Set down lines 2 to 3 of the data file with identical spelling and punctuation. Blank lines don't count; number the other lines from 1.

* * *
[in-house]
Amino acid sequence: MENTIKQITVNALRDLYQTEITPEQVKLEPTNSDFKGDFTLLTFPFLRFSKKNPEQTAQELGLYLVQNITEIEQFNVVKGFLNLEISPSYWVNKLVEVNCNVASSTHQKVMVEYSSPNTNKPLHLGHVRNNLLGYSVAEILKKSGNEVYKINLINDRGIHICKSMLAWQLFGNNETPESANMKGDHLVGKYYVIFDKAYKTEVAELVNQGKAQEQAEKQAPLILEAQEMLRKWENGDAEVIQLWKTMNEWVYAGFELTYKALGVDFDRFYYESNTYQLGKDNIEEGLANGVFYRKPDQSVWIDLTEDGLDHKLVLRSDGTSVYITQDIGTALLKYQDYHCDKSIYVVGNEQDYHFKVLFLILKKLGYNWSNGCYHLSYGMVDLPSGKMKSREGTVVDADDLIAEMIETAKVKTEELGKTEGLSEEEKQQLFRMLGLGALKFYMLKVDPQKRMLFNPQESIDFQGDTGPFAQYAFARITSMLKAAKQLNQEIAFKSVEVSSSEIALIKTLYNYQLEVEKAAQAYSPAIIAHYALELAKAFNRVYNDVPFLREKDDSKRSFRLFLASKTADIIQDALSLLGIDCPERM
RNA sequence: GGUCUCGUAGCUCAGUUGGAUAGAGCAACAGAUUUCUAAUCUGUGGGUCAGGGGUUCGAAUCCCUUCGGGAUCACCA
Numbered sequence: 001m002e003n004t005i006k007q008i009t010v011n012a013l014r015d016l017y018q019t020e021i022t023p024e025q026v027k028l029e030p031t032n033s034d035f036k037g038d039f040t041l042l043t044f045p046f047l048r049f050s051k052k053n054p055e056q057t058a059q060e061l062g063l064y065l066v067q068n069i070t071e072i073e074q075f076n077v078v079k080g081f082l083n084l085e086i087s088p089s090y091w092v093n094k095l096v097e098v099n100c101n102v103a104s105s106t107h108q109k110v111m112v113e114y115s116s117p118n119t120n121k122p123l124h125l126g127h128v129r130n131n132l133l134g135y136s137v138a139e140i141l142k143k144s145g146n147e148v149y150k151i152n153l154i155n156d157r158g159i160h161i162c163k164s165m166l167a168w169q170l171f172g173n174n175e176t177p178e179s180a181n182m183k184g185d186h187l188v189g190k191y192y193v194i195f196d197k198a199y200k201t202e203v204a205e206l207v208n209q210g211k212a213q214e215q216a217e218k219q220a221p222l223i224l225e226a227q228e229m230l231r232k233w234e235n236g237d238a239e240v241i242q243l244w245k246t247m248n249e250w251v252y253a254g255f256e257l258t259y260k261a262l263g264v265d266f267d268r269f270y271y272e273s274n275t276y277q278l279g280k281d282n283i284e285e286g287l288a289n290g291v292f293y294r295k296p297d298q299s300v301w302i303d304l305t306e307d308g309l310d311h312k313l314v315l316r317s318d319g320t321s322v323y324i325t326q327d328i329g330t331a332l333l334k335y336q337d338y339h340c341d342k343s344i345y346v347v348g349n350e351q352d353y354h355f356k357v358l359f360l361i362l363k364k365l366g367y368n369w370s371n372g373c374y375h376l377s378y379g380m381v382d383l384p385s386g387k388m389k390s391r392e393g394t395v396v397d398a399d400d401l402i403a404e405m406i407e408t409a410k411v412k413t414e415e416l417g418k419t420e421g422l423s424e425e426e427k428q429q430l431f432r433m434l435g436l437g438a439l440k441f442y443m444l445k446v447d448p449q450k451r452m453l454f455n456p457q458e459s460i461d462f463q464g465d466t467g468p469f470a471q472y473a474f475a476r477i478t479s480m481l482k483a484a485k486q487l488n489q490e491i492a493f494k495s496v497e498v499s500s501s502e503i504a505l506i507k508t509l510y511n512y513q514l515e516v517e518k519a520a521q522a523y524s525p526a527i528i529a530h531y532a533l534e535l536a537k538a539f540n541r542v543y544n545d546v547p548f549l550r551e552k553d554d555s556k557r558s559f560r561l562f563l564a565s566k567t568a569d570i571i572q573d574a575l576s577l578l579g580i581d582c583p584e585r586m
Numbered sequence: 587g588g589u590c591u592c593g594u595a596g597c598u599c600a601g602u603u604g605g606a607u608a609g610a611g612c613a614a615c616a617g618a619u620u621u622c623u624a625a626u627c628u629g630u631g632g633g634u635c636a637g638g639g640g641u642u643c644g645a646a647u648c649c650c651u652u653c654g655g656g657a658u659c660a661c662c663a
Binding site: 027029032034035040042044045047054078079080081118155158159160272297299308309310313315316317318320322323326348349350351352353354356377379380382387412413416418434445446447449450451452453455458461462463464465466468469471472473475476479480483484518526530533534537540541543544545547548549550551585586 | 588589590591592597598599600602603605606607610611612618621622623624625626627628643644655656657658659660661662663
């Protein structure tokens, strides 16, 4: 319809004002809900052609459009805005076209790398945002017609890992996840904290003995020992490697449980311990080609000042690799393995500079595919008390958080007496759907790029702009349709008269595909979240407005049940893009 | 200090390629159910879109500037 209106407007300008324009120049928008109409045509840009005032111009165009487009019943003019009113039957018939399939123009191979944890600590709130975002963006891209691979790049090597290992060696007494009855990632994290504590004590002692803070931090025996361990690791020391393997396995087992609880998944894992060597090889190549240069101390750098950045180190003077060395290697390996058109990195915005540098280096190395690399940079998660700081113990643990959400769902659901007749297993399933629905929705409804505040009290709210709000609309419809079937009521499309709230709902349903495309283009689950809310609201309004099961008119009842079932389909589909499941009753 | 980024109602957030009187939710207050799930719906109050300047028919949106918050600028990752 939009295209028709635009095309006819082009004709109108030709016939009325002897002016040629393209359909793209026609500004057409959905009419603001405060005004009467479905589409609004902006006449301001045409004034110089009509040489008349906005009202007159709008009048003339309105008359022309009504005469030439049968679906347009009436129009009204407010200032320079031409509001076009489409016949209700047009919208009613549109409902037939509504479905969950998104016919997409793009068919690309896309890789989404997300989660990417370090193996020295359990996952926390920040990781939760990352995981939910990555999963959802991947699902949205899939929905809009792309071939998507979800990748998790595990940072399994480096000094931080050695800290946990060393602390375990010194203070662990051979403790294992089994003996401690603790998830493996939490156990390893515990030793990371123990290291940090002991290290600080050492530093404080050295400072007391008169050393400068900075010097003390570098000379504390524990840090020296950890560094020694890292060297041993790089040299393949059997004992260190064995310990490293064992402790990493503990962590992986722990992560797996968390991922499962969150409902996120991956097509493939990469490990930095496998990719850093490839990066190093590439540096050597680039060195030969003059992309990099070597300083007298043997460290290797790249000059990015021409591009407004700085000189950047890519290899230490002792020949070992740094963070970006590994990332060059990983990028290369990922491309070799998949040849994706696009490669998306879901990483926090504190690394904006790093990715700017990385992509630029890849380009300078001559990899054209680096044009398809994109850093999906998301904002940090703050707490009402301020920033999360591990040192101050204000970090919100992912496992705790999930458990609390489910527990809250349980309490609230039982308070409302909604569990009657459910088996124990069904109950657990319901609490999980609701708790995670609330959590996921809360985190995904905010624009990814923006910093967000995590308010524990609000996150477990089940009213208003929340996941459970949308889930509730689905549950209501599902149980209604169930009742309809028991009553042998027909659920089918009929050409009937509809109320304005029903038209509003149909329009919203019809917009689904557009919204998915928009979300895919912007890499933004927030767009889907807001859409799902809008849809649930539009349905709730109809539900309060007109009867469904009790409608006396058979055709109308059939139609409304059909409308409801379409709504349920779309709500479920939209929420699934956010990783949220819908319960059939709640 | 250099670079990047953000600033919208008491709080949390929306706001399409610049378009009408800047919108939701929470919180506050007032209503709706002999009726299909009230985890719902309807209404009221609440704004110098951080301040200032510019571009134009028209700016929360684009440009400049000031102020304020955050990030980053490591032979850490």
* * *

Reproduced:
Amino acid sequence: MENTIKQITVNALRDLYQTEITPEQVKLEPTNSDFKGDFTLLTFPFLRFSKKNPEQTAQELGLYLVQNITEIEQFNVVKGFLNLEISPSYWVNKLVEVNCNVASSTHQKVMVEYSSPNTNKPLHLGHVRNNLLGYSVAEILKKSGNEVYKINLINDRGIHICKSMLAWQLFGNNETPESANMKGDHLVGKYYVIFDKAYKTEVAELVNQGKAQEQAEKQAPLILEAQEMLRKWENGDAEVIQLWKTMNEWVYAGFELTYKALGVDFDRFYYESNTYQLGKDNIEEGLANGVFYRKPDQSVWIDLTEDGLDHKLVLRSDGTSVYITQDIGTALLKYQDYHCDKSIYVVGNEQDYHFKVLFLILKKLGYNWSNGCYHLSYGMVDLPSGKMKSREGTVVDADDLIAEMIETAKVKTEELGKTEGLSEEEKQQLFRMLGLGALKFYMLKVDPQKRMLFNPQESIDFQGDTGPFAQYAFARITSMLKAAKQLNQEIAFKSVEVSSSEIALIKTLYNYQLEVEKAAQAYSPAIIAHYALELAKAFNRVYNDVPFLREKDDSKRSFRLFLASKTADIIQDALSLLGIDCPERM
RNA sequence: GGUCUCGUAGCUCAGUUGGAUAGAGCAACAGAUUUCUAAUCUGUGGGUCAGGGGUUCGAAUCCCUUCGGGAUCACCA